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Inflation in Moldova jumps in August as fuel prices rise

posted onSeptember 15, 2021

Consumer price inflation in Moldova jumped 4.64% year-on-year last month, following a 3.5% increase in July. It was the fastest inflation rate since April 2020 driven by the prices of fuels (18.0%  vs 17.2% in July), building materials (18.3% vs 14.9%) and some food items (4.8% vs 4.2%), primarily meat and products (7.3% vs 6.7%) and dairy products (5.6% vs 5.1%). 

Non-food prices increased well above average (6.9% vs 5.5% in July), driven by the surge in fuel prices. The prices of services, which in Moldova include electricity and natural gas, also went up in August (1.0% vs -0.4%). 

On a monthly basis, consumer price inflation went up 0.33%, following a 0.1% gain in July. Food prices dropped 0.53%, while non-food prices were up 1.01% month-on-month. Consumer prices in the services sector advanced by a monthly 0.53%.

The National Bank of Moldova (BNM) expects 3.1% inflation this year and 7% inflation in 2022, according to latest data from July. The central bank decided to raise its benchmark interest rate at 4.65% from 3.65%, on Sept. 3 , the second consecutive hike in borrowing costs since July 2019.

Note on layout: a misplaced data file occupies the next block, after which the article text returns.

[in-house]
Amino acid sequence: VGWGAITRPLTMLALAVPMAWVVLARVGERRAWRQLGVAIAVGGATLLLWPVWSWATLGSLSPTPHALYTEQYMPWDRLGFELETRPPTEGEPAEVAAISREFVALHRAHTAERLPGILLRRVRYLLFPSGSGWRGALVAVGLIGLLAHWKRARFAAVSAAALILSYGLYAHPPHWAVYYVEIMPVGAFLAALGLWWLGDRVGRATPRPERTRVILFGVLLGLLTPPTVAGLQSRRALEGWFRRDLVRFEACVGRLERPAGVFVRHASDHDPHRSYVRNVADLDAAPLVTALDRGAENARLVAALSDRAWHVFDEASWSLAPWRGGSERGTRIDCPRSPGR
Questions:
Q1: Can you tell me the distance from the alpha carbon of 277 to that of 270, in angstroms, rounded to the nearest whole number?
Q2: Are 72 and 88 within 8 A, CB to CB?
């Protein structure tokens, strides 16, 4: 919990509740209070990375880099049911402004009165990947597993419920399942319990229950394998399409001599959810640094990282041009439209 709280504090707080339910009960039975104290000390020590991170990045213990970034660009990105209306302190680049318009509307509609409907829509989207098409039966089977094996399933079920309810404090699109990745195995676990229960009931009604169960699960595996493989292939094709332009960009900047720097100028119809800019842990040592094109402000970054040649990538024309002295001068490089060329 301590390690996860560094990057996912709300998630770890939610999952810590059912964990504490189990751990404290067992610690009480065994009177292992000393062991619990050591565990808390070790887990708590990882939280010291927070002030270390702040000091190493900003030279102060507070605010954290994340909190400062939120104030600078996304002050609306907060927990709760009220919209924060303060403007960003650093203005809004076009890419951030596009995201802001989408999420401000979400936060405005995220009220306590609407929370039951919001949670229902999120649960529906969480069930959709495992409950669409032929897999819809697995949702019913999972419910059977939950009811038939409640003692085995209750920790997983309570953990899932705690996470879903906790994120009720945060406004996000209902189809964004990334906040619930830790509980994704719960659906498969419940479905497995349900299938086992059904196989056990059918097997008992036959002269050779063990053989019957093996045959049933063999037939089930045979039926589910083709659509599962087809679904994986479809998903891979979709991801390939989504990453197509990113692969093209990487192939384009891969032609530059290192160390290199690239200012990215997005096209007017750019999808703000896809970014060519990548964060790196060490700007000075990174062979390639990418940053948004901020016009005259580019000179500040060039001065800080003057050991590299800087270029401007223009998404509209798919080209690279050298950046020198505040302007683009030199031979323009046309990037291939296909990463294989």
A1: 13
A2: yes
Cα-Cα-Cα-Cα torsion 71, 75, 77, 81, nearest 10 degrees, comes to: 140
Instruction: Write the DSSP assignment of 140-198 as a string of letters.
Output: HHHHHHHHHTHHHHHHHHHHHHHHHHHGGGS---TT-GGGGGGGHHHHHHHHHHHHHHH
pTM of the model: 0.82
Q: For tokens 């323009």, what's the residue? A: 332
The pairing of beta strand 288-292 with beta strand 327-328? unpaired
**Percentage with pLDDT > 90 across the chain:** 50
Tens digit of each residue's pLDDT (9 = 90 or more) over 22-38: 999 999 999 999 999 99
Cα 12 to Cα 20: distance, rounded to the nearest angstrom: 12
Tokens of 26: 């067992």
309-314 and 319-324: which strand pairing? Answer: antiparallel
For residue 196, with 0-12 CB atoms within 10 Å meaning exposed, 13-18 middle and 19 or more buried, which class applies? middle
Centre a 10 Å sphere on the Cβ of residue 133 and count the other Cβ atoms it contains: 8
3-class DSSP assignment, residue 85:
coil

Also, the overnight credit rate and the overnight deposit rate were raised by 1 percentage point, to 7.15 percent and 2.15 percent, respectively. Meantime, the level of reserve requirements for banks holding reserves in US dollars and Moldovan lei remained unchanged. 

Policymakers said the decision aims to alleviate inflationary pressures from both aggregate supply and demand, as well as the risks and uncertainties caused by the evolution of the Covid-19 situation. 

Moldova's economy expanded 21.5% year-on-year in the second quarter of 2021, following a 1.8% growth in the prior quarter. It was the highest record of expansion since at least 1996, largely due to low base effects from the previous year when the Covid-19 struck.

Key drivers of growth were household consumption (20.7%), government spending (29.1%) and gross fixed capital formation (24.5%). Meanwhile, trade contributed negatively to the GDP growth, as imports soared 52% and exports rose just 10.7%. Considering the first half of the year, the economy advanced 11.7%.

Inflation is surging not only in Moldova. Consumer prices are rising quickly across huge swaths of the developed world even when volatile food and energy costs are excluded. 

Economists and central bankers agree there is upward pressure on prices. But there is no consensus on whether rising inflation is "transitory" or if price rises signal the start of a sustained trend with major implications for economies. 

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